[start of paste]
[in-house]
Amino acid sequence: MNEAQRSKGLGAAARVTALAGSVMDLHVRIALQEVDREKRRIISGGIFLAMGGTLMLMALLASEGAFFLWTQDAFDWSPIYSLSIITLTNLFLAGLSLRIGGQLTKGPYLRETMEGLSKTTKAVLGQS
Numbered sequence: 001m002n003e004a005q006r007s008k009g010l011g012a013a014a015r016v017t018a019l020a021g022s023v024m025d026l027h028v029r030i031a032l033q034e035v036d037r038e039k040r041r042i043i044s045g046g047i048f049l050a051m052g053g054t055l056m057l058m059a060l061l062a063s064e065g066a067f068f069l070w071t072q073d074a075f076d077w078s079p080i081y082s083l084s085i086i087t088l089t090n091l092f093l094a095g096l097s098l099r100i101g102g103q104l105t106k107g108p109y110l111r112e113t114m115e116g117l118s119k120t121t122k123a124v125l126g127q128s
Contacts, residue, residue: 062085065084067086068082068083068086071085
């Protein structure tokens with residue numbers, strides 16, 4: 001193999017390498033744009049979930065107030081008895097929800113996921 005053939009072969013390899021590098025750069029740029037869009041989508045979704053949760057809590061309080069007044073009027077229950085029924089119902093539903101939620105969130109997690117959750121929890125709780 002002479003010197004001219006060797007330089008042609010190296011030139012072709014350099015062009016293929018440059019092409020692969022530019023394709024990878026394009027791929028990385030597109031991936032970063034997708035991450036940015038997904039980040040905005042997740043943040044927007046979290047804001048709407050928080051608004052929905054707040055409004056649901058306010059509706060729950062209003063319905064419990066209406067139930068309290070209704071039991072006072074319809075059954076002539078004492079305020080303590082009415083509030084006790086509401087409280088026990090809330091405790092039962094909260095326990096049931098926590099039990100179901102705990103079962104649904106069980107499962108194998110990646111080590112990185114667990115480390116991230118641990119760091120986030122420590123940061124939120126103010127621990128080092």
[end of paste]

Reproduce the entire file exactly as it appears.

[in-house]
Amino acid sequence: MNEAQRSKGLGAAARVTALAGSVMDLHVRIALQEVDREKRRIISGGIFLAMGGTLMLMALLASEGAFFLWTQDAFDWSPIYSLSIITLTNLFLAGLSLRIGGQLTKGPYLRETMEGLSKTTKAVLGQS
Numbered sequence: 001m002n003e004a005q006r007s008k009g010l011g012a013a014a015r016v017t018a019l020a021g022s023v024m025d026l027h028v029r030i031a032l033q034e035v036d037r038e039k040r041r042i043i044s045g046g047i048f049l050a051m052g053g054t055l056m057l058m059a060l061l062a063s064e065g066a067f068f069l070w071t072q073d074a075f076d077w078s079p080i081y082s083l084s085i086i087t088l089t090n091l092f093l094a095g096l097s098l099r100i101g102g103q104l105t106k107g108p109y110l111r112e113t114m115e116g117l118s119k120t121t122k123a124v125l126g127q128s
Contacts, residue, residue: 062085065084067086068082068083068086071085
């Protein structure tokens with residue numbers, strides 16, 4: 001193999017390498033744009049979930065107030081008895097929800113996921 005053939009072969013390899021590098025750069029740029037869009041989508045979704053949760057809590061309080069007044073009027077229950085029924089119902093539903101939620105969130109997690117959750121929890125709780 002002479003010197004001219006060797007330089008042609010190296011030139012072709014350099015062009016293929018440059019092409020692969022530019023394709024990878026394009027791929028990385030597109031991936032970063034997708035991450036940015038997904039980040040905005042997740043943040044927007046979290047804001048709407050928080051608004052929905054707040055409004056649901058306010059509706060729950062209003063319905064419990066209406067139930068309290070209704071039991072006072074319809075059954076002539078004492079305020080303590082009415083509030084006790086509401087409280088026990090809330091405790092039962094909260095326990096049931098926590099039990100179901102705990103079962104649904106069980107499962108194998110990646111080590112990185114667990115480390116991230118641990119760091120986030122420590123940061124939120126103010127621990128080092």